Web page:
Featured Image

The Nottinghamshire Torch SCITT has forged a strong partnership with the Jyvaskyla Teacher Training School in Finland, one which has been in place for more than a decade now.

The impact of this friendship is far reaching and has influenced our own practice as teachers and leaders, can be felt in our cohorts of SCITT trainees, and has seen us make adjustments to our curriculum, systems and processes. These changes have taken place over time and after many visits, observations and through deep discussions with our Finnish colleagues. As our former trainees continue to develop their thinking and move into school leadership, we see the continued impact of how such experiences have shaped their vision; we see vision that never stands still. It is a privilege to be part of this.

We have been hugely inspired by visiting Finland. That does not mean we consider it to be a perfect model or one that we can or should somehow just try to pick up and emulate. A note to take here is that the Finnish teachers also know that they learn so much from us, which has been well articulated through return visits and resource sharing between our organisations. We are also fully aware that much of what can be observed stretches beyond what education systems can hope to achieve alone and there is a bigger picture to take into consideration. We are different culturally, with differing perspectives and values, our histories and governments all mean direct comparisons can be unhelpful.

Now, more than ever, we have over the past 12 months discovered that anything is possible in education and teachers and educationalists can adapt, improve and should always look to future possibilities. Questions and reflections include:

  • What have we learnt from the forced changes our education system is currently navigating?
  • Are we any closer to accepting that a teacher-only assessment system is possible – like the Finnish have?
  • Will the role of Ofsted be revised in anyway? There is no such body in Finland.
  • Will Finland be considering more need for higher stakes accountability to really know the impact?

Visiting different educational settings such as Finland does open minds to what could be possible and deepens our thinking and questioning; it is not about who is right or wrong. The questions, more than the answers, are what is important and we want to develop our trainees into reflective practitioners: that is why we go.

We are very proud to be able to offer trainees the opportunity to experience this during our ITT programme. In trainee evaluations, following the international perspective, they report (in all cases) that experiencing an alternative international education system has seen positive adjustments in their practice – most cited increased confidence in spending longer working on one topic in greater depth, not rushing content, and an improved understanding of the value of skilful questioning. In addition, our trainees also report that they plan to actively seek opportunities to expand on developing wider and more diverse education perspectives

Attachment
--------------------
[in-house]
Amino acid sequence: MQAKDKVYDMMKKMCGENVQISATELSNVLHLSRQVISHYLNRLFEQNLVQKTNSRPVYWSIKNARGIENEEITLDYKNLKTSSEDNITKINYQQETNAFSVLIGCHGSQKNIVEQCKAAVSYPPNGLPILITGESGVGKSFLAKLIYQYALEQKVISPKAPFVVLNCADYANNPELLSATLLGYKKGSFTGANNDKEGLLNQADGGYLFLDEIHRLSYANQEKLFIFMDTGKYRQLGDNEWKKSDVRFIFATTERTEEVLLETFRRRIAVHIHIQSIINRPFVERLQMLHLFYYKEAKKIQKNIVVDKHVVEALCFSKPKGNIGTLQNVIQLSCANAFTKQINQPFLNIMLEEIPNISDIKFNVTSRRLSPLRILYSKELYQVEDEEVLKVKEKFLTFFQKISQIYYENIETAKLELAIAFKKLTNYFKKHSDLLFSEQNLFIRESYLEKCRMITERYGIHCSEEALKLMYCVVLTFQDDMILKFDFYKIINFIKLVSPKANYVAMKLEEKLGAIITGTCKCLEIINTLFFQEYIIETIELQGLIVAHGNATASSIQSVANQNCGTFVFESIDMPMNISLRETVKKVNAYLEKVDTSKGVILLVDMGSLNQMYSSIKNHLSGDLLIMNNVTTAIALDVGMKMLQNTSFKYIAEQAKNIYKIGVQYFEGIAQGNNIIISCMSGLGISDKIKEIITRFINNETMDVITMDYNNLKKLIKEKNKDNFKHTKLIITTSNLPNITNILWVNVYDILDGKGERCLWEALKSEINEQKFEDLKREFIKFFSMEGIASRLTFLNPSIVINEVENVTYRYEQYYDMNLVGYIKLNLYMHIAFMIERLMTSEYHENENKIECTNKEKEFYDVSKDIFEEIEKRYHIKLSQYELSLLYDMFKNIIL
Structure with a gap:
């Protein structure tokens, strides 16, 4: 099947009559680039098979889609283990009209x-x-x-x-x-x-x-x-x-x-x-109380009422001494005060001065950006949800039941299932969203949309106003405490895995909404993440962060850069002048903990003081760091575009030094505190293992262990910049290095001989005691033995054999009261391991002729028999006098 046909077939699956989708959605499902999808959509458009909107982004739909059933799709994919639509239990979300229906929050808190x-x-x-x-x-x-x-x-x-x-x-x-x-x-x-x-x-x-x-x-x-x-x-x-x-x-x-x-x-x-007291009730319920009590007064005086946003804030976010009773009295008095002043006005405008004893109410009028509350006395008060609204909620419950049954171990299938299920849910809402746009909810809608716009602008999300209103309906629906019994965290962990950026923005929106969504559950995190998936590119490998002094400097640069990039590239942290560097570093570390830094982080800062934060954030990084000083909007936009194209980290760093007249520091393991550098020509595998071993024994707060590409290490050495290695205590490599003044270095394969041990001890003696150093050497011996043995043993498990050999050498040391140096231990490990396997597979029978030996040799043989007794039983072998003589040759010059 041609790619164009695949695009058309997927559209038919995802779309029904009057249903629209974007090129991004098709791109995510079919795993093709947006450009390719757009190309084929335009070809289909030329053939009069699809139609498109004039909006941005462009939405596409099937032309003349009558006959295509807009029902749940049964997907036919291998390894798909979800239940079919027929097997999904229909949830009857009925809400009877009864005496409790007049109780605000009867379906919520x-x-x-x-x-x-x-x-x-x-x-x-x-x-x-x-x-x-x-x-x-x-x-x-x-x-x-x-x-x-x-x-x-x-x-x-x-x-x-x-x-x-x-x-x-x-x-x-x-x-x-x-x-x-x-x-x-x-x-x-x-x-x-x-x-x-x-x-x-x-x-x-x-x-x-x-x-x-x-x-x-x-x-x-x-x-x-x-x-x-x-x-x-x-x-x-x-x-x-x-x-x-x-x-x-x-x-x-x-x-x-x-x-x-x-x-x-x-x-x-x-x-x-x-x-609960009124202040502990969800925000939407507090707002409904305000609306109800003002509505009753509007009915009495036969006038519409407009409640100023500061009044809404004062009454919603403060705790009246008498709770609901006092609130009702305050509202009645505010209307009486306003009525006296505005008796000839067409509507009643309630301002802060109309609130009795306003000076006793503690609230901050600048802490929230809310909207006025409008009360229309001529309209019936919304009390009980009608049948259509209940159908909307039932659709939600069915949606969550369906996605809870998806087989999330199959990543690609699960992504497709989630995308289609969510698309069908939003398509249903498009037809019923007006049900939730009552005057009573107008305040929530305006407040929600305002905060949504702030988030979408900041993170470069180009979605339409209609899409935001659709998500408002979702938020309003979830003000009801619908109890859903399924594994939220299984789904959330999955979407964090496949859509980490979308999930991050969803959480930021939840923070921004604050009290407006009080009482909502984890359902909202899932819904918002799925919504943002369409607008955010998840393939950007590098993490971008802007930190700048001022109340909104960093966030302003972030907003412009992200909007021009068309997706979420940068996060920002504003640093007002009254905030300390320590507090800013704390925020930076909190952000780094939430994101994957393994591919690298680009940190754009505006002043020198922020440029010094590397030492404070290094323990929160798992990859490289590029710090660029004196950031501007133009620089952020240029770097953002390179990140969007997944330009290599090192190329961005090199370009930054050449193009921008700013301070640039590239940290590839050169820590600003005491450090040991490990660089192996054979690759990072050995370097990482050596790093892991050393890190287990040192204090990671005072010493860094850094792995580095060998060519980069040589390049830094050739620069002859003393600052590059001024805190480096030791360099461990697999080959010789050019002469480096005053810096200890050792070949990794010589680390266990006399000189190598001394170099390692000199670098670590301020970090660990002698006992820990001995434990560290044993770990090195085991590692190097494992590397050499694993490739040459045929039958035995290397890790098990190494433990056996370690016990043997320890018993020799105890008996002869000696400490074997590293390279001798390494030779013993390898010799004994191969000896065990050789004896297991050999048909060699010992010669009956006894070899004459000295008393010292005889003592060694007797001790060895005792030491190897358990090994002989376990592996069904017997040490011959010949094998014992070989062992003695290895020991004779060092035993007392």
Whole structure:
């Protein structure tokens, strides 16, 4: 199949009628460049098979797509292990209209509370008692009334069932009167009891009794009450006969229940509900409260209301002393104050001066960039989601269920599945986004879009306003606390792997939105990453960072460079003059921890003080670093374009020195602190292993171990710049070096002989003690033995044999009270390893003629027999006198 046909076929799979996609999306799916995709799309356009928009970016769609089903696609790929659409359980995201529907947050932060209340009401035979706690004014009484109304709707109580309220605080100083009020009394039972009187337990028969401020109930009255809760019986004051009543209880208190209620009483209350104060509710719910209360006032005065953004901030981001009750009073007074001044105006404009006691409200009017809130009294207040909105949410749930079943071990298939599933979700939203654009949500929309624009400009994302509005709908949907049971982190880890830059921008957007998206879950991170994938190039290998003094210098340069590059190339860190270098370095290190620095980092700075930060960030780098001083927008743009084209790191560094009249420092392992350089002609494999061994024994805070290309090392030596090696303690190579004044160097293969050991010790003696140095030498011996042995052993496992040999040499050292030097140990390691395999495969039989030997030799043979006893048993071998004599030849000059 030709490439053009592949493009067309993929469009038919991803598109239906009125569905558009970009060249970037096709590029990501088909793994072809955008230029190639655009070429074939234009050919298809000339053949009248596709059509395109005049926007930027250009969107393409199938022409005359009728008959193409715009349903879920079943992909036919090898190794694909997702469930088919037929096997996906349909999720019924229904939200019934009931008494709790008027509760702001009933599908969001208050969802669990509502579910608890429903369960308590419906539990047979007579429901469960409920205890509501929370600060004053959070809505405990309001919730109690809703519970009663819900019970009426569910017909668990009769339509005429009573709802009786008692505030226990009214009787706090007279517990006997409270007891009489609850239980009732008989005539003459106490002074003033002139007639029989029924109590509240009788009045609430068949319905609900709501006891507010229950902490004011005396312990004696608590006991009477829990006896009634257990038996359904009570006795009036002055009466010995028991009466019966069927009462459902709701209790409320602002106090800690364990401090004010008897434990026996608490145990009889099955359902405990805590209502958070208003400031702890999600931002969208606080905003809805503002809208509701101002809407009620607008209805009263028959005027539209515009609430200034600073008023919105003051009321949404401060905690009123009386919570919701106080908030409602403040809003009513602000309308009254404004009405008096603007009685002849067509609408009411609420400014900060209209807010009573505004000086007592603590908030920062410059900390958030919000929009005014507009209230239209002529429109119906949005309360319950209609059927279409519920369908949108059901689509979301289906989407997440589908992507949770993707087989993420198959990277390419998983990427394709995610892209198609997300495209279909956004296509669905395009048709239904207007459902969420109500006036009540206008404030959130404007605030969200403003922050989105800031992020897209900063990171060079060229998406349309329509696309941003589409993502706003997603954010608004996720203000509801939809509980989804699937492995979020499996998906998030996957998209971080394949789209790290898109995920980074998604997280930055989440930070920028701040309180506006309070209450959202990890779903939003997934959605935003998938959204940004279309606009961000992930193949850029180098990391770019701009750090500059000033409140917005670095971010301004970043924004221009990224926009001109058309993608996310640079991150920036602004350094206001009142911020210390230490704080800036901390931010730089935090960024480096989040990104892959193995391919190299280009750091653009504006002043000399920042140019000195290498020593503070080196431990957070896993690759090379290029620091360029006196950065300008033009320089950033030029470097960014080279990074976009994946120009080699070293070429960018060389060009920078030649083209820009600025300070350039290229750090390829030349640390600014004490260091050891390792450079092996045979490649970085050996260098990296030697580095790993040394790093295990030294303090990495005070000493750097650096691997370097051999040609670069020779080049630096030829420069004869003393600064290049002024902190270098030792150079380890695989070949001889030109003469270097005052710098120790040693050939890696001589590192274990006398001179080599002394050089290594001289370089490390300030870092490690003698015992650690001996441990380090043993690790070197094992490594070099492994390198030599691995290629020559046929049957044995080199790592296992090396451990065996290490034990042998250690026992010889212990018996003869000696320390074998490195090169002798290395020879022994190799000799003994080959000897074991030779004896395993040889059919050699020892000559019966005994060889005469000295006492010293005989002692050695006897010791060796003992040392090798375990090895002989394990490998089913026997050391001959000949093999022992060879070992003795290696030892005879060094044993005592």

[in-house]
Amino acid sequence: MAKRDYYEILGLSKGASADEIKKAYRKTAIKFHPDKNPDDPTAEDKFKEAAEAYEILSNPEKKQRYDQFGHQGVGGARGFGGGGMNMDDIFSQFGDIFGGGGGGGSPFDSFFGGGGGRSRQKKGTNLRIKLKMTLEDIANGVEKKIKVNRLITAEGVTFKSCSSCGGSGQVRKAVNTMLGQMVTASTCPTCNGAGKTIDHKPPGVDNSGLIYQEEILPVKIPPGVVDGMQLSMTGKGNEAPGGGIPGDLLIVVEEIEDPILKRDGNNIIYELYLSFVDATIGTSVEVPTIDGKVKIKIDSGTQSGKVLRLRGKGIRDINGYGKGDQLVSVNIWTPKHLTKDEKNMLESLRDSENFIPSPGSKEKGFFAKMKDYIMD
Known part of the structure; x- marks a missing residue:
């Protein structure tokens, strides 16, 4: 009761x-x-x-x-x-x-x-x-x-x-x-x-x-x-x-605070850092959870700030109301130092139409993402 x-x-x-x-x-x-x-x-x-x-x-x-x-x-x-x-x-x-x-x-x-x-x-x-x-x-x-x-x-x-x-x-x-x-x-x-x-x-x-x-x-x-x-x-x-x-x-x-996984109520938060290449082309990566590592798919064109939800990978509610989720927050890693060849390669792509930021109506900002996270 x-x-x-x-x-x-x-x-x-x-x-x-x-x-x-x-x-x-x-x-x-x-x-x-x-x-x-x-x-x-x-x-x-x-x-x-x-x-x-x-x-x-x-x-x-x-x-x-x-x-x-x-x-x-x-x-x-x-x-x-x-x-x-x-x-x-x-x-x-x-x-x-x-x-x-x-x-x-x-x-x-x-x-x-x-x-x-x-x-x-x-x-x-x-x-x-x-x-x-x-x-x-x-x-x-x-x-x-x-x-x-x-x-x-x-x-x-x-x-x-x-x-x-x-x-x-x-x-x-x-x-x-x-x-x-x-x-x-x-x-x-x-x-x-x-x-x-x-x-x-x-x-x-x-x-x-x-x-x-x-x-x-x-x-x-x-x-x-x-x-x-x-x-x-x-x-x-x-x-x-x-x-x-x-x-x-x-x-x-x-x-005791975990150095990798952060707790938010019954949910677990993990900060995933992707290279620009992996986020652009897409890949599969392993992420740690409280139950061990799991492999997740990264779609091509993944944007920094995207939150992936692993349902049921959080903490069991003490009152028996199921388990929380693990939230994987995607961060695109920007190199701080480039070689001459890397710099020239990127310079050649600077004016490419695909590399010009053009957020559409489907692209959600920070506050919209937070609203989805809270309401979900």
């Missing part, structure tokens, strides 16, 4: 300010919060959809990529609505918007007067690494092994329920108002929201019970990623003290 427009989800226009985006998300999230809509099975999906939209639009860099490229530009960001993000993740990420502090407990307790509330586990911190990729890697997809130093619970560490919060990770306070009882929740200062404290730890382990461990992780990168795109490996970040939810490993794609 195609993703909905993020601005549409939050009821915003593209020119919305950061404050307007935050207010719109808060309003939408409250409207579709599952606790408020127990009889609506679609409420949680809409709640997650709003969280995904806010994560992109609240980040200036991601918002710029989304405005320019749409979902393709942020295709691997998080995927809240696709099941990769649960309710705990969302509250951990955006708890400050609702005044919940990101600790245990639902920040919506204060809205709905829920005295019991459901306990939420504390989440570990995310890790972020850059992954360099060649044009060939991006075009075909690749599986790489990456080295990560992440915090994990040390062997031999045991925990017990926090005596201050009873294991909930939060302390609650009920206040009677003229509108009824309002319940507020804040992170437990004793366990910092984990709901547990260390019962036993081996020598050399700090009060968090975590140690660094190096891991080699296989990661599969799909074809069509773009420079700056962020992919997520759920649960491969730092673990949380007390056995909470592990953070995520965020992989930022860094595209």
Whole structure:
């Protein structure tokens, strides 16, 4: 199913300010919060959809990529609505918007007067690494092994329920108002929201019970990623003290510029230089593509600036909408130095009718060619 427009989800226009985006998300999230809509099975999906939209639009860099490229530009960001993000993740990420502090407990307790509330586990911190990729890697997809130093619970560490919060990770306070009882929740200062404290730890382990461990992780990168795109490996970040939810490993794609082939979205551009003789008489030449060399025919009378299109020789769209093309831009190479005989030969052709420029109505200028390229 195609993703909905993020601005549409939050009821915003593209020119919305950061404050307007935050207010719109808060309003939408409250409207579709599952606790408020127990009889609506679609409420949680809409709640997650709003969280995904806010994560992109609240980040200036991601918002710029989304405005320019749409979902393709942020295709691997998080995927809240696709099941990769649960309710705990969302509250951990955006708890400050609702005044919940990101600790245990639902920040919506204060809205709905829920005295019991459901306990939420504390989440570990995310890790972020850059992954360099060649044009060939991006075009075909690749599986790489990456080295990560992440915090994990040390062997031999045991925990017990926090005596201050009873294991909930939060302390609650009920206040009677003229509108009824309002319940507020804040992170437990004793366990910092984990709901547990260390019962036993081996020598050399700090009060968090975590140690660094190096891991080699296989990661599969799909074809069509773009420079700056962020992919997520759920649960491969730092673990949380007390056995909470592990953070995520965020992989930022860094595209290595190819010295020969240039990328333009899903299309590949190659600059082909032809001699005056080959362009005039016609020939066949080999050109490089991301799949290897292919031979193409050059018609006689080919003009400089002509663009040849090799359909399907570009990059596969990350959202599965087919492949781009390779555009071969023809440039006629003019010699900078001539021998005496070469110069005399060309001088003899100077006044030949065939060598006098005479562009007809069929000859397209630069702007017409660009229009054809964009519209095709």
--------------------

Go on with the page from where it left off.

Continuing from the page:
further into their early careers and beyond.

As mentioned, our partnership with Finland has also harnessed changes within organisation practices and processes. Most notably, the shift in judgement-led observations to diagnostic lesson discussion (which we are writing an article about). Through ongoing joint research and collaboration, we have been able to combine the diverse perspectives of a high-performing educational system to develop more impactful and innovative ways to develop trainee progress and teacher education. The benefits of this cross-cultural work has also seen Finnish senior educational leaders reflect on developing differing approaches to behaviour management and assessment for learning, following exchange visits to the UK, after engaging in observations and discussion.

We hope to continue developing our research that we started last year for the TEPE conference working with Pirjo Pollari (teacher of English and partnership lead at Jyvaskyla Teacher Training School), with research on:

  • How collaboration and exchanges between differing education systems has changed trainees’ pedagogical ideas, insights and educational rationale.
  • What effect these have had on our teacher training programme.
  • What Finnish teacher training programmes can learn from collaborative partnerships with the UK.
  • How we have adapted our ITE mentors through diagnostic lesson discussion – with influences from Finnish teacher development practice.

We plan to produce further articles and will continue to share our research and collaboration – we hope you will be interested in following this journey. Despite it spanning over a decade, we sense that it has only just begun, and further international collaborations are on the horizon. We never stop learning and one absolute component we will always promote within our early career teachers is, as the authors Pasi Sahlberg and Timothy Walker would say, ‘In teachers we trust’ (we are excited to read their soon-to-be-published book, March 2021).

To read a longer version of this article, visit our website homepage news where we share the impact of these visits to Finland in more depth.

Treena Philpotts is Director, and Shelly Geeson is Deputy Director (Primary), of Nottinghamshire Torch SCITT and Teacher Training, Nova Education Trust




Leave a Comment